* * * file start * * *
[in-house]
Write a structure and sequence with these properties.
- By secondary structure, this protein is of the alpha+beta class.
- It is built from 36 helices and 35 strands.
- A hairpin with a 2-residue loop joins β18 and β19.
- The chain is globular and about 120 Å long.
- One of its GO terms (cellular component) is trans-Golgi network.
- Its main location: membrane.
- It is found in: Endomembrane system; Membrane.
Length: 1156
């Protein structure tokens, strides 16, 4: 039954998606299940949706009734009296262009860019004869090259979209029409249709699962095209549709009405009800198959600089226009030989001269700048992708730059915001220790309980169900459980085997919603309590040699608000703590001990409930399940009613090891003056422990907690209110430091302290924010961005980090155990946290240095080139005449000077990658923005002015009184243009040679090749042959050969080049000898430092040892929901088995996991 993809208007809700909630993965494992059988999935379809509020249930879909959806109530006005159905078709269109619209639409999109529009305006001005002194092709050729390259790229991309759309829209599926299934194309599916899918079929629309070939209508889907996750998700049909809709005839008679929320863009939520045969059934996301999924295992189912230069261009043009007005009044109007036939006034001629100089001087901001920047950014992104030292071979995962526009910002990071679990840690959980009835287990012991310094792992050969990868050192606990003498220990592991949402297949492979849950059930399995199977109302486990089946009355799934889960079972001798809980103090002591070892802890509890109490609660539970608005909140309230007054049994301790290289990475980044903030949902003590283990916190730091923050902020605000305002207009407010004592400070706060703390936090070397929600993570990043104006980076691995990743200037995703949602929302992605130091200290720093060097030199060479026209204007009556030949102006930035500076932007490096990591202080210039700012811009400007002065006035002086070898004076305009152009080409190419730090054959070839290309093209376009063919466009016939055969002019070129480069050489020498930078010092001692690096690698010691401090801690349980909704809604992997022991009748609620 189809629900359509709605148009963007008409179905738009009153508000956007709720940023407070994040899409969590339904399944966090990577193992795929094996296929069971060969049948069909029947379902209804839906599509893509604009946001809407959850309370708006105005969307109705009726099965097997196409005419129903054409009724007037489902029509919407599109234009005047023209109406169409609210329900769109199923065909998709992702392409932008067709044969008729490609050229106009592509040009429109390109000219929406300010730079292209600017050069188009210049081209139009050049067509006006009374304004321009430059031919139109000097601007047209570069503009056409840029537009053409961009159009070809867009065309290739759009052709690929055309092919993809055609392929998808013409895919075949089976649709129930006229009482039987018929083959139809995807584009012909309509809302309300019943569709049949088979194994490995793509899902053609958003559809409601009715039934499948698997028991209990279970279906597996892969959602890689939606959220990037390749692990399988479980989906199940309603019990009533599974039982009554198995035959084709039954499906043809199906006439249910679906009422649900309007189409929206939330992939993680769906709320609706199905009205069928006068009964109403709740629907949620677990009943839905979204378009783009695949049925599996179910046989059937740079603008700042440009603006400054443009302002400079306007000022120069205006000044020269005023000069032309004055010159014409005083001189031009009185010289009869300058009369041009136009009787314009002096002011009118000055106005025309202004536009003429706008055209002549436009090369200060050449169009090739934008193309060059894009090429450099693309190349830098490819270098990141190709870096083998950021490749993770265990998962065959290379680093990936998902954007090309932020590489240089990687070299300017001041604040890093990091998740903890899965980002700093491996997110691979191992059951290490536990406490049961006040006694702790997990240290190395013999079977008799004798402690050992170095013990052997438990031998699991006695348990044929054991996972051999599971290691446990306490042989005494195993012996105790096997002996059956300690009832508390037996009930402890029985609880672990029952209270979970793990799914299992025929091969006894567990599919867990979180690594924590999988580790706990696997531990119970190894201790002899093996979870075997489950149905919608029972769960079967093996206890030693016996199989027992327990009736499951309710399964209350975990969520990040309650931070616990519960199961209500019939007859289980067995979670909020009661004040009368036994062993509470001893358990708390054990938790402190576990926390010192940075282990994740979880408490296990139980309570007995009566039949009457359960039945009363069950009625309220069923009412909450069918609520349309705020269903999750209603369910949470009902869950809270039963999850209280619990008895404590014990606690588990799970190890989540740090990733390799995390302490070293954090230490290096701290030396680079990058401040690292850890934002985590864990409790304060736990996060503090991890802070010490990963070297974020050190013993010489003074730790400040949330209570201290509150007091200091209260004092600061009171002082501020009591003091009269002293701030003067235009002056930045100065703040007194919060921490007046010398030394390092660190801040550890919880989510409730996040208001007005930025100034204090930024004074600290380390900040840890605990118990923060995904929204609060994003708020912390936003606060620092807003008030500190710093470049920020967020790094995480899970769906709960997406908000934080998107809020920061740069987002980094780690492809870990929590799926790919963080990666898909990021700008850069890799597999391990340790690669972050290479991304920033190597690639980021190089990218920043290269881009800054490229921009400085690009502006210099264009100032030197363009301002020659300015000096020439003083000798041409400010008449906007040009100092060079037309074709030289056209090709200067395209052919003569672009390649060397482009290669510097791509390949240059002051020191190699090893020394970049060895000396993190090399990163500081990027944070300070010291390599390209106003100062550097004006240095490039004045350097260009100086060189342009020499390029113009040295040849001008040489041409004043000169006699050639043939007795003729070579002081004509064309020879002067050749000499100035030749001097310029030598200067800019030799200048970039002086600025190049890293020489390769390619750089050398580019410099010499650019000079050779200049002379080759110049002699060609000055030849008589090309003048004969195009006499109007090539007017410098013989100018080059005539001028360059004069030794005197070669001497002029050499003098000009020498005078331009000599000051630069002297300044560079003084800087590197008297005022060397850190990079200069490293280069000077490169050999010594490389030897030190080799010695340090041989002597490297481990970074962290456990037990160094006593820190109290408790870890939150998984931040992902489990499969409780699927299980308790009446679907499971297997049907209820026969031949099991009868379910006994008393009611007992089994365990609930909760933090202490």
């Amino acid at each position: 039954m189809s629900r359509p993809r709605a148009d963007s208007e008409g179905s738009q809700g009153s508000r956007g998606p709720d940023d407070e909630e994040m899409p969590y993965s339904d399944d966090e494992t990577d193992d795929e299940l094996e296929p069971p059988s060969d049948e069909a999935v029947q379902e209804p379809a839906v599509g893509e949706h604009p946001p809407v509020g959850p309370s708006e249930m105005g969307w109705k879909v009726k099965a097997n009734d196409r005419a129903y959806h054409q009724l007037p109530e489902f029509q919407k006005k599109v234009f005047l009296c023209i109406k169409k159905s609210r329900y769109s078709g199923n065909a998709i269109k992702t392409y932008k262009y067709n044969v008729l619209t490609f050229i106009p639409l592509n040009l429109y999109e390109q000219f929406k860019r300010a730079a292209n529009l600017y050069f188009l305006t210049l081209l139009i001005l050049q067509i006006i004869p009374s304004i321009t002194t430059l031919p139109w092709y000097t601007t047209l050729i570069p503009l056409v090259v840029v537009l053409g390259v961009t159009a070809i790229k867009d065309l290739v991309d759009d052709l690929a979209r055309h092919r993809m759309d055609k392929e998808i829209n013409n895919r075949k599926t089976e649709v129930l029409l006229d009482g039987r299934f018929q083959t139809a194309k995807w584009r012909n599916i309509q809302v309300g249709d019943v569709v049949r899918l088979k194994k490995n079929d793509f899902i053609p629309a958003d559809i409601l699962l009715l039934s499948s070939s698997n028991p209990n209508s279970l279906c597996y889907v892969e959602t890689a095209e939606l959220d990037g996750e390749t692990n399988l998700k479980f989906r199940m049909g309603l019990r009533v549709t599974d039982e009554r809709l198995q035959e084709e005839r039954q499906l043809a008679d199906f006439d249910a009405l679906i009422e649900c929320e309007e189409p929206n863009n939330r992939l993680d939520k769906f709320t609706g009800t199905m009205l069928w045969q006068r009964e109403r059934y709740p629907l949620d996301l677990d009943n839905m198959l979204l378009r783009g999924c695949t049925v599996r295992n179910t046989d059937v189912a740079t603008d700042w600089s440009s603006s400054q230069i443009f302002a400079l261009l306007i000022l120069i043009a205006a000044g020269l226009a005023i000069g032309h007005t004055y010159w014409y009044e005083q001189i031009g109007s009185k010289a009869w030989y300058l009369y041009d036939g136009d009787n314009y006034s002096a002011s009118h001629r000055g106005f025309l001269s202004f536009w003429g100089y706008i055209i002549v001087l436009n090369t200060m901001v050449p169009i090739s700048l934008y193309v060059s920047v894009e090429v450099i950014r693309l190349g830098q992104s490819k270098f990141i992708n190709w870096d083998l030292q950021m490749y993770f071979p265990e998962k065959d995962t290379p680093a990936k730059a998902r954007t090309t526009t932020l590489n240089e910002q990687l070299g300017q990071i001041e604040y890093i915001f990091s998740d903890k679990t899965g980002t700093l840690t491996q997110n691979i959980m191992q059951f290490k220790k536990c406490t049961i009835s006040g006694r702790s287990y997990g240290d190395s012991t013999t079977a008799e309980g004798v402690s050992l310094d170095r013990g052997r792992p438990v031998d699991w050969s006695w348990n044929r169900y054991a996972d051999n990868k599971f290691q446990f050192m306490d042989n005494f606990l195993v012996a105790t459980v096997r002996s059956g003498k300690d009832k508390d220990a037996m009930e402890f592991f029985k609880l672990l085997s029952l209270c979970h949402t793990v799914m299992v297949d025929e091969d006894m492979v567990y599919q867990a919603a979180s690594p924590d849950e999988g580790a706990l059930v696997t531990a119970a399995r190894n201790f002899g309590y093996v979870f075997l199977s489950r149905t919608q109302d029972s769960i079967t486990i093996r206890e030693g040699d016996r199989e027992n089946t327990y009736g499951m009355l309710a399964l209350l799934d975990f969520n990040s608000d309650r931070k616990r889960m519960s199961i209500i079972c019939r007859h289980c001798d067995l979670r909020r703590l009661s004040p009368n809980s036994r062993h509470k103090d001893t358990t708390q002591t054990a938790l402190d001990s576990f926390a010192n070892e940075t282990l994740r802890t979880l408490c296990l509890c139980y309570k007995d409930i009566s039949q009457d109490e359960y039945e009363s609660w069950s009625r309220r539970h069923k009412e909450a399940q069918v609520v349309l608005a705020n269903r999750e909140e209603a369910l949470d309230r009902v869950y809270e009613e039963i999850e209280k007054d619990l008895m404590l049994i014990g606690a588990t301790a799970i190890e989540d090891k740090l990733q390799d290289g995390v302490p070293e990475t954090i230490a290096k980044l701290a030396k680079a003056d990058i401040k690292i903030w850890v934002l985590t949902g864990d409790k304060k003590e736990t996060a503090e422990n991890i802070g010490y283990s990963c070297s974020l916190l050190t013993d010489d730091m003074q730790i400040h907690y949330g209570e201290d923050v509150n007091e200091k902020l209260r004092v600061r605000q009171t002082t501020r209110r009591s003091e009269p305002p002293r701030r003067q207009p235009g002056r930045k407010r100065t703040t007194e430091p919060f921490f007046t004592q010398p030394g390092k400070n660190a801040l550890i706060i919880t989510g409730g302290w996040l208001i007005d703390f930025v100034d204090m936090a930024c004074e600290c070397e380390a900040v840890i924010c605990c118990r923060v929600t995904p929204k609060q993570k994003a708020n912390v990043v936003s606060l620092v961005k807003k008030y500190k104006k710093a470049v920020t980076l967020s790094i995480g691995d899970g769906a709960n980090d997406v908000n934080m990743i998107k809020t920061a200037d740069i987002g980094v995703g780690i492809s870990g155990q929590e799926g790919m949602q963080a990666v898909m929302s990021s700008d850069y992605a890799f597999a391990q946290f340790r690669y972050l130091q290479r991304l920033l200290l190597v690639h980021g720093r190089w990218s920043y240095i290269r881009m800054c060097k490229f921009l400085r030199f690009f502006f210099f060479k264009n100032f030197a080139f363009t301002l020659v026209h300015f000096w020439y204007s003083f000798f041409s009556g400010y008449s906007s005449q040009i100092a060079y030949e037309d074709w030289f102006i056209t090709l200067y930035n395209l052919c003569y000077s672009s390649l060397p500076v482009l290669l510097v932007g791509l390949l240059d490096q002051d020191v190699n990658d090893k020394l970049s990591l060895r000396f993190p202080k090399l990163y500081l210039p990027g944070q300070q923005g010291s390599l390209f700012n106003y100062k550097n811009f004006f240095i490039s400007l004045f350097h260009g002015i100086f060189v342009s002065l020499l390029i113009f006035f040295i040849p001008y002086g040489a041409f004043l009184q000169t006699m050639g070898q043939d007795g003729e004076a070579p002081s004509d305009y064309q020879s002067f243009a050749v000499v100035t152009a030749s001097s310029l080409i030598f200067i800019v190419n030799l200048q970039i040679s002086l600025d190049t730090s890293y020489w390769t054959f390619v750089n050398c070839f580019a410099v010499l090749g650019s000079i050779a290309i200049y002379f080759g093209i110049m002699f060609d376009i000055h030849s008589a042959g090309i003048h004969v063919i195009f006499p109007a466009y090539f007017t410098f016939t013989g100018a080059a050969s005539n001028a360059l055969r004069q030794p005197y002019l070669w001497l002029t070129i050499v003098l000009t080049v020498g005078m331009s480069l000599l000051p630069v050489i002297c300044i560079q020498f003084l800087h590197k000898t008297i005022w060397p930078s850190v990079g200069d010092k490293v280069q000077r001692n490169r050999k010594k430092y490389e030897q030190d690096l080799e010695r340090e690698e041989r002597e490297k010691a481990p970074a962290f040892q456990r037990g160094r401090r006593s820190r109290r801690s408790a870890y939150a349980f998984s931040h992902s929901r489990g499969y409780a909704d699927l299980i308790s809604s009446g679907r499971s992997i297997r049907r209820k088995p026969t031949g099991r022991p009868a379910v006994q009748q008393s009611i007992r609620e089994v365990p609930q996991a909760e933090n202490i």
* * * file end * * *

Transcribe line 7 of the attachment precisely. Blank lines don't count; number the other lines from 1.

- One of its GO terms (cellular component) is trans-Golgi network.